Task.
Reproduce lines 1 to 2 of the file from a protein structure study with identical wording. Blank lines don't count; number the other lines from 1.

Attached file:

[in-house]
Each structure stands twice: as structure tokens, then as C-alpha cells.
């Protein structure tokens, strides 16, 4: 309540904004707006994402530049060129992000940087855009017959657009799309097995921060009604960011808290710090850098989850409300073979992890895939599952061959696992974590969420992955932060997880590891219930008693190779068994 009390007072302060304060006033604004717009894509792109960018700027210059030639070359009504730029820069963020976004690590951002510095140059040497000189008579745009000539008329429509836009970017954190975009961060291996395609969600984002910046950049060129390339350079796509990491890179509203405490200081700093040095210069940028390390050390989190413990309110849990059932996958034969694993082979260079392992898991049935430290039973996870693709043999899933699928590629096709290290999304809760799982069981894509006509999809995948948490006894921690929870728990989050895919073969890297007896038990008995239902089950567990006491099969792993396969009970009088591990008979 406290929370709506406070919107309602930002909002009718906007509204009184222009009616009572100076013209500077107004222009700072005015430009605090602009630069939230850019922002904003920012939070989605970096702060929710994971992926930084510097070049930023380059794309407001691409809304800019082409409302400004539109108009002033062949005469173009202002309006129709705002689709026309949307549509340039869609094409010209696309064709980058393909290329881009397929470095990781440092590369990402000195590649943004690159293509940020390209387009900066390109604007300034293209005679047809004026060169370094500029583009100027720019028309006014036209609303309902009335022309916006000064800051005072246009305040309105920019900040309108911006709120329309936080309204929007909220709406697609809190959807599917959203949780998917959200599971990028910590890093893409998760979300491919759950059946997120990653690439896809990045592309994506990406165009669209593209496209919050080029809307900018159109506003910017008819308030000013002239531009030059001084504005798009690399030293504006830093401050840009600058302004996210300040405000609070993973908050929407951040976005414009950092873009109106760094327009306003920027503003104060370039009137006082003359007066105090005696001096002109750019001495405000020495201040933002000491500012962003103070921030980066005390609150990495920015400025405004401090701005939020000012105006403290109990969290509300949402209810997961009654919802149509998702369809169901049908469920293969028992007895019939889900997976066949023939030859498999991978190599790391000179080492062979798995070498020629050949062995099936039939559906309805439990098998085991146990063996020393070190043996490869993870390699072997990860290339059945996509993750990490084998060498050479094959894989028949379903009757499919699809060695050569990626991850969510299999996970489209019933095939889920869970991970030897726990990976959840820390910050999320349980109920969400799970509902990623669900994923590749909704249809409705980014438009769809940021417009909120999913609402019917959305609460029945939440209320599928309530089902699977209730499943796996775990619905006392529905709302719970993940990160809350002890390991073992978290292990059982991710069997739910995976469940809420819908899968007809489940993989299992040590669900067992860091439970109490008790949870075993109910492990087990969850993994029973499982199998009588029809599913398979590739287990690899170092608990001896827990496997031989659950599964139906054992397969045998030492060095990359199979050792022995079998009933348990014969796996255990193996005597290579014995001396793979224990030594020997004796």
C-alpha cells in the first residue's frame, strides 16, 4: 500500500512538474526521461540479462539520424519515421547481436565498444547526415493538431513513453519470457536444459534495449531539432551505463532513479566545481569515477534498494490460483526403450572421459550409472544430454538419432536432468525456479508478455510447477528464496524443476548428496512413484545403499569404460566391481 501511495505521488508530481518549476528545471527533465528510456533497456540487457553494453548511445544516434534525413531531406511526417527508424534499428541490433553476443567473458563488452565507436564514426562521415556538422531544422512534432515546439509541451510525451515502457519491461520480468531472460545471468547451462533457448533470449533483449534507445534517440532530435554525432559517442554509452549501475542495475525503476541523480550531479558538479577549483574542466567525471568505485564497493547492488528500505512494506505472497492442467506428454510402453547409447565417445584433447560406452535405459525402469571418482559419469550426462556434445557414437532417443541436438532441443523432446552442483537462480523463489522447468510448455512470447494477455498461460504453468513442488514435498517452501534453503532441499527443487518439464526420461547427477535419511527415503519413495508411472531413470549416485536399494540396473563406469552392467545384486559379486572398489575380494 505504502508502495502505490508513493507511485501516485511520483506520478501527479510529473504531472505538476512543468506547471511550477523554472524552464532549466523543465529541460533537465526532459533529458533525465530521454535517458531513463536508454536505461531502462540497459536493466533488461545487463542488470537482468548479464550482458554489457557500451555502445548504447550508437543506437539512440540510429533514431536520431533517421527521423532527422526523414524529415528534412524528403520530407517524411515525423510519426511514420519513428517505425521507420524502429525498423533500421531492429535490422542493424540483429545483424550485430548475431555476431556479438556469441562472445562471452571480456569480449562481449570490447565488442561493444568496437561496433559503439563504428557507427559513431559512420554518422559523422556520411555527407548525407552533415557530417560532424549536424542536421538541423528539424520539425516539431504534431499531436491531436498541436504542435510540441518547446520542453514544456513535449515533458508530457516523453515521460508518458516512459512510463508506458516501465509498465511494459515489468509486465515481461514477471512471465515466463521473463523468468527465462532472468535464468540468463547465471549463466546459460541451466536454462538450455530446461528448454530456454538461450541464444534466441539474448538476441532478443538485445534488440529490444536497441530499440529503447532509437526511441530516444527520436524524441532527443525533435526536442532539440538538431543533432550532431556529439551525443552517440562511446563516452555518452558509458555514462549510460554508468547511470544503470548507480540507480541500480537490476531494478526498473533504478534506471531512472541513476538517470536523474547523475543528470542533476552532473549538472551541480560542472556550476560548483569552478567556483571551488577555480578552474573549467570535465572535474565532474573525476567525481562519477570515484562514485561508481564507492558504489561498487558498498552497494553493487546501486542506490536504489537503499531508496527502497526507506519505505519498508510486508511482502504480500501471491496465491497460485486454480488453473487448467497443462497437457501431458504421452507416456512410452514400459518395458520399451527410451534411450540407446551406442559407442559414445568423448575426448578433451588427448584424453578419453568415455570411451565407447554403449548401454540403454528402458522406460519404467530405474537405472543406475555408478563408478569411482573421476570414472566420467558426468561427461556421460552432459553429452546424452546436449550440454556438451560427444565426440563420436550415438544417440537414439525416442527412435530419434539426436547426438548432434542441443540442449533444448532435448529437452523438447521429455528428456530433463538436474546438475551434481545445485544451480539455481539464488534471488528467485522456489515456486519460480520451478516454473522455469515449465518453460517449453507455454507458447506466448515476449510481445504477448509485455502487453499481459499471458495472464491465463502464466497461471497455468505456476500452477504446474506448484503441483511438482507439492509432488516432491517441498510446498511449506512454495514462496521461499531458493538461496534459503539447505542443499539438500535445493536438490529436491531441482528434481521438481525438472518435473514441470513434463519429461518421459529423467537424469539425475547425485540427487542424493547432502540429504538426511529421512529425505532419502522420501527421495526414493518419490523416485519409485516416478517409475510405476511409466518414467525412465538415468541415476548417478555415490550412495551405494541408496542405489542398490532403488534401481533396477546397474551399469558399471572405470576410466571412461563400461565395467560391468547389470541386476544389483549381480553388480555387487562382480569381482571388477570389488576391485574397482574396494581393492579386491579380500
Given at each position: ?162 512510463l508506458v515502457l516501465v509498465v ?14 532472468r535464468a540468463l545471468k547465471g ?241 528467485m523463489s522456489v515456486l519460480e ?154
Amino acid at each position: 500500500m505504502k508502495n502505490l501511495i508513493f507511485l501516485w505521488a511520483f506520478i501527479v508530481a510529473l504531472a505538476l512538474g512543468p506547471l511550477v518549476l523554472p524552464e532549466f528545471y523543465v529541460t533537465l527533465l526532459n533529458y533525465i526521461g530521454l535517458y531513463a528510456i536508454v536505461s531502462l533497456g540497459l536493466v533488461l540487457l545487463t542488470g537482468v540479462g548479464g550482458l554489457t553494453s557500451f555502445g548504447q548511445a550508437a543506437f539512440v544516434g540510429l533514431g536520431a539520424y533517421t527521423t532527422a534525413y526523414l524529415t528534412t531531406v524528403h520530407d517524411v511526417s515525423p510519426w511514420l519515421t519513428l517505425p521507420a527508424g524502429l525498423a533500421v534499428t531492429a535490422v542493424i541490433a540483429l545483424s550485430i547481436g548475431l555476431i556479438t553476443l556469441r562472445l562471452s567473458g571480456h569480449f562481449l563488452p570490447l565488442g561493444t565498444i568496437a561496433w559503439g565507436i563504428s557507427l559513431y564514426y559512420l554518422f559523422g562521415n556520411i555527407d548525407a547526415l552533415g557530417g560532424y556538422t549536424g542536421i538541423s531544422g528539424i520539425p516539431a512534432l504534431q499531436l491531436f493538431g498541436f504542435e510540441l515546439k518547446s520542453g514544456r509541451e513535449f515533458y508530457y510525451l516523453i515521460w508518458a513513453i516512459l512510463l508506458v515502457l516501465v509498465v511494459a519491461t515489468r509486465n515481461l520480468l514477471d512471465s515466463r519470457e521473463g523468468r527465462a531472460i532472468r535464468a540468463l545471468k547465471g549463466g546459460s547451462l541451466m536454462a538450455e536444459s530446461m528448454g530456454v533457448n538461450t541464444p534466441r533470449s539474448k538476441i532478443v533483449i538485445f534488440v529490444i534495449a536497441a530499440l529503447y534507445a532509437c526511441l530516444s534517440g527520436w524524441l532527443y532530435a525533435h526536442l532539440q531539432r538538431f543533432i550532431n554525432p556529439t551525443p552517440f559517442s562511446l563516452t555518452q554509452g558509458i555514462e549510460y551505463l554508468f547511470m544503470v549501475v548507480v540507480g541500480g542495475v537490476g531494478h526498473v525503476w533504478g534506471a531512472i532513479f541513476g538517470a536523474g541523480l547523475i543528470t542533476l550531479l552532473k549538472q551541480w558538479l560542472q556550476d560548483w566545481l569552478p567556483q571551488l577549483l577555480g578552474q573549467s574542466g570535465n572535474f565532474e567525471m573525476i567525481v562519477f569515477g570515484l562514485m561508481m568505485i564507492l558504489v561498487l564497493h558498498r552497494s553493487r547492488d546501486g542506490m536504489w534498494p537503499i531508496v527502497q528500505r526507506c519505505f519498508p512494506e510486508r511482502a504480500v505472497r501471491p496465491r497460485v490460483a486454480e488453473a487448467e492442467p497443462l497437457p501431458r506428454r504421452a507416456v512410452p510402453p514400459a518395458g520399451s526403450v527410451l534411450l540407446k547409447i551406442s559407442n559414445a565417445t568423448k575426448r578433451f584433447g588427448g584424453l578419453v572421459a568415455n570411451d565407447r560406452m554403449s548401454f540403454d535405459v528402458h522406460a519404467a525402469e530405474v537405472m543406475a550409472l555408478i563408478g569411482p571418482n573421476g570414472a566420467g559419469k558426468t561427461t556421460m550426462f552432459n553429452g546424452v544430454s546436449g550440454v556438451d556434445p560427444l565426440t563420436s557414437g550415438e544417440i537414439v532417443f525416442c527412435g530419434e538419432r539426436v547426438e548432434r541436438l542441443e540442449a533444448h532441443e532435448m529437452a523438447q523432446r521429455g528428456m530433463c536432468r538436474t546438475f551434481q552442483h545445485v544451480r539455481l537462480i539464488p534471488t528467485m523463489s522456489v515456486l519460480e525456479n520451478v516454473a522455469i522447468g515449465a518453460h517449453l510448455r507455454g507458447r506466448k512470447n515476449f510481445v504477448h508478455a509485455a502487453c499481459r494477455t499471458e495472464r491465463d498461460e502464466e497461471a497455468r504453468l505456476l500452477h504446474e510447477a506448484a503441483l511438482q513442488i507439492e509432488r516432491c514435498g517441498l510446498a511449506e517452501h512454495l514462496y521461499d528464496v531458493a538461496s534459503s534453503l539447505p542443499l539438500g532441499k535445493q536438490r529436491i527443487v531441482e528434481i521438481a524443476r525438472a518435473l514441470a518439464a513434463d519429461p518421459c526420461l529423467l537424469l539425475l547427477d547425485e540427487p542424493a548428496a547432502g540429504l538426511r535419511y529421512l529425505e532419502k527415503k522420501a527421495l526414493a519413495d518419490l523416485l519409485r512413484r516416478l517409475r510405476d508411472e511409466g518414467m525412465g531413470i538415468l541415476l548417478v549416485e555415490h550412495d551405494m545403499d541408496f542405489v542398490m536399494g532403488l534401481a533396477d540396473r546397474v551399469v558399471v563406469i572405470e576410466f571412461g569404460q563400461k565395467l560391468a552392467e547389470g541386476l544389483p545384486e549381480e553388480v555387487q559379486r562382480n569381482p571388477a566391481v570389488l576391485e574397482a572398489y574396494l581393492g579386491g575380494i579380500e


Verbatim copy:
[in-house]
Each structure stands twice: as structure tokens, then as C-alpha cells.